Open Government

Digital government, openness and open cloud -- new cornerstones of democracy

The era of openness is upon us, with open cloud as a gateway to the interoperability we all seek.

In just a few decades, we've moved from the individualized computing paradigm of the PC toward an always-on world where billions of people are connected across multiple systems, platforms and services by computing devices of all sizes and shapes. Interoperability, open source and open standards are all critical today.

Today, citizens have a strong -- and justified -- expectation that everything interoperates seamlessly across multiple platforms and technologies, almost magically. Any device should be able to work with any cloud from anywhere with any application.

For government, achieving openness means expanding access to information to people anytime, anywhere, and on any platform or device. It also means empowering developers to build next-generation applications and services using the tools of their choice.

Open government is about improving the interaction of citizens with their government, by providing the digital means for greater transparency, participation and collaboration. Technology can help agencies realize these goals. So when determining the role of technology in pursuing this vision, we must consider the desired outcomes, not just the technology itself.

Under the Obama administration's Open Data Policy, agencies must manage information as an asset throughout its life cycle to promote openness and interoperability, while properly safeguarding systems and information.

An open cloud -- supporting open source, open standards and interoperability -- can boost citizen participation in government and drive collaboration and innovation. Embracing this concept is 18F, the digital services agency based within the United States General Services Administration that is committed to lean startup methods, cloud computing, open source code and contemporary programming languages.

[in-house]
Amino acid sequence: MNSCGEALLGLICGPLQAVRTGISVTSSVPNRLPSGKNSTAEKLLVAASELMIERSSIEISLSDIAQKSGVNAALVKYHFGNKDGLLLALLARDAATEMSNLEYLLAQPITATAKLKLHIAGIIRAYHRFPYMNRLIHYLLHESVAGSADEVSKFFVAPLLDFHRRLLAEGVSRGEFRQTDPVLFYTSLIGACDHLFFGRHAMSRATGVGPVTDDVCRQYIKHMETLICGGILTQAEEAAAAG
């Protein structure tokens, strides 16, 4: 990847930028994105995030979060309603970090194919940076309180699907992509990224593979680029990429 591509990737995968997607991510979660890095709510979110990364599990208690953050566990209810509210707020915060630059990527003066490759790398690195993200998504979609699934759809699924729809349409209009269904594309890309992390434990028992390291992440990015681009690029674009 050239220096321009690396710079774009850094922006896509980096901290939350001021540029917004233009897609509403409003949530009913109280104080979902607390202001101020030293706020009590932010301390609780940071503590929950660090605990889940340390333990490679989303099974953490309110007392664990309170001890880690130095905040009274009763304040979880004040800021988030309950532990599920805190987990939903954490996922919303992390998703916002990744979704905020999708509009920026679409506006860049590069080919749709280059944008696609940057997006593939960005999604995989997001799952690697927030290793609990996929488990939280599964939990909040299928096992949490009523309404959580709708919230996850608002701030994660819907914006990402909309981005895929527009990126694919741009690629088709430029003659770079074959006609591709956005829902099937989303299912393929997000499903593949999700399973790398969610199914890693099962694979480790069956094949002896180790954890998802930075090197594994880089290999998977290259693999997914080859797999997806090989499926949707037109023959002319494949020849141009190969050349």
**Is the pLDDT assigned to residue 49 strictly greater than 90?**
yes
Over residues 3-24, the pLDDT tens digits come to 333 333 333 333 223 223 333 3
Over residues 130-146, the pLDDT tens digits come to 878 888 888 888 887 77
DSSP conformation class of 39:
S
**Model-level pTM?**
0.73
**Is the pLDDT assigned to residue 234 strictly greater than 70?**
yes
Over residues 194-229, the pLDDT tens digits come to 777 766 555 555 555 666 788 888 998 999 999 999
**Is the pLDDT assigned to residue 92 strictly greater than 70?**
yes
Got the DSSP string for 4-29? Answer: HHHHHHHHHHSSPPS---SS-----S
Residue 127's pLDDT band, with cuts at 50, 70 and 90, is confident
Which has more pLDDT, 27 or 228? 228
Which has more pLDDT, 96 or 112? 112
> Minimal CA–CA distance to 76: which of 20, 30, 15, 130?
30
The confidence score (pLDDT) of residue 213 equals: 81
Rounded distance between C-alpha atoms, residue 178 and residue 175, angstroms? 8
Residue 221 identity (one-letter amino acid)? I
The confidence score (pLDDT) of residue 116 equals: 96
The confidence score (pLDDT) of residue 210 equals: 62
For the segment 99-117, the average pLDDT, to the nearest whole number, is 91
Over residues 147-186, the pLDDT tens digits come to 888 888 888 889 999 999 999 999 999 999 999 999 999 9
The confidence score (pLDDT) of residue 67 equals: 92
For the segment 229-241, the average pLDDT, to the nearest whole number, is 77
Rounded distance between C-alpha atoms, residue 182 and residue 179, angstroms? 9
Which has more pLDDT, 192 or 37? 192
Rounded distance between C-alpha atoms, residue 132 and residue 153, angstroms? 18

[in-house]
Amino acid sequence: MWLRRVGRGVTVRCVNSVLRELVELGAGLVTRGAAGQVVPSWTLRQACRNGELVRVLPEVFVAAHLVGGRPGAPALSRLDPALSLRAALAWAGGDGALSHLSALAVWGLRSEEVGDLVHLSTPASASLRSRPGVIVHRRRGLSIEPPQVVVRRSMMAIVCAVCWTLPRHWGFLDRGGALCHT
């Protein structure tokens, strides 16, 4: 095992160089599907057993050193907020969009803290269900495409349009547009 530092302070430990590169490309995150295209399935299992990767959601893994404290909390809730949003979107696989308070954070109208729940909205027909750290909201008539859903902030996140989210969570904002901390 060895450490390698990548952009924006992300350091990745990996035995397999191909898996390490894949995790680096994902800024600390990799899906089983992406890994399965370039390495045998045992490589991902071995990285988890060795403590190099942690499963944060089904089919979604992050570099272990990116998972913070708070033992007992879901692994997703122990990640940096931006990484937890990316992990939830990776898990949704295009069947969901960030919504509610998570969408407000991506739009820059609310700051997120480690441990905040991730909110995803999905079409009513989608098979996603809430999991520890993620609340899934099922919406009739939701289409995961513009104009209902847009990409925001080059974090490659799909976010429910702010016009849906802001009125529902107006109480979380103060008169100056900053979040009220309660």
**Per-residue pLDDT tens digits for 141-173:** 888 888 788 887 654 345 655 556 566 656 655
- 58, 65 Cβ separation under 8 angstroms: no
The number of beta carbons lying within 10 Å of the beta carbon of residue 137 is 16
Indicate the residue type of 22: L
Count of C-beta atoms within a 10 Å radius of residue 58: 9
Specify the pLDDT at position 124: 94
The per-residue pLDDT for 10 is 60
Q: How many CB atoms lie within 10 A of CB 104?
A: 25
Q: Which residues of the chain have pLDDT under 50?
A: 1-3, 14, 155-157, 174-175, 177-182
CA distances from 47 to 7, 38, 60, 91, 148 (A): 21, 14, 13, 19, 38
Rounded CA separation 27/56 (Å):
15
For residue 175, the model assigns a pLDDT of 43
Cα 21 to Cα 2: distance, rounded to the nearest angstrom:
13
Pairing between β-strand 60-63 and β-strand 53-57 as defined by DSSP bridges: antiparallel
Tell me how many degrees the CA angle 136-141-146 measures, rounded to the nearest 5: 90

The potential for organizations like 18F that foster interaction between government and citizens is that openness will become firmly embedded in the democratic process. The result will be a transformation in digital government that could scarcely have been imagined a few years ago.

Grounded in the principles that openness drives innovation over time, we at Microsoft built our cloud to be open from the ground up. Our goal is to enable anyone, from federal employees to private citizens, to engage, collaborate and innovate with government by being able to freely access and use open source tools.

For us, an open cloud embraces a wide range of open source languages, databases and services. This is why we support thousands of open source technologies and open standards. Industry, open communities and government need to work together to develop the open source code and open standards needed to reach the goal of fluid interoperability.

The vision for openness is a world where pieces of information across platforms are being created and routed, modified and adapted, understood by big data, and processed by cloud services. By designing open platforms that are connected and transcend technologies, we can create an ever-growing, virtual ecosystem of software that helps everybody.

For government, achieving openness means expanding access to information to people anytime, anywhere, and on any platform or device. It also means empowering developers to build next-generation applications and services using the tools of their choice.

On a practical level, agencies planning next steps toward their open data objectives should consider the key interoperability elements of an open cloud platform. Decisions about how best to make interoperability possible should be focused on the needs of users and partners.

There are four interoperability issues common to all deployments: data portability, standards, ease of migration and developer choice.

Data portability: Users need a high level of confidence in their ability to control data in the cloud.

Standards: Cloud platforms should follow common industry standards to facilitate interoperability with other software and services that support the same standards.

Ease of migration: Cloud platforms should have a secure migration path that preserves existing assets and supports co-existence between on-premises software and cloud services.

Developer choice: Cloud platforms should support developer choice in tools, languages and runtimes, an approach that will broaden the community of developers that writes for an open-cloud platform.

For federal executives and managers, interoperability and other technical challenges of open cloud may seem daunting. But this simple premise is worth keeping in mind: Openness and choice in government technology represent new cornerstones of our democracy.

About the Author

Jean Paoli is president of Microsoft Open Technologies, a wholly owned subsidiary of Microsoft Corp.


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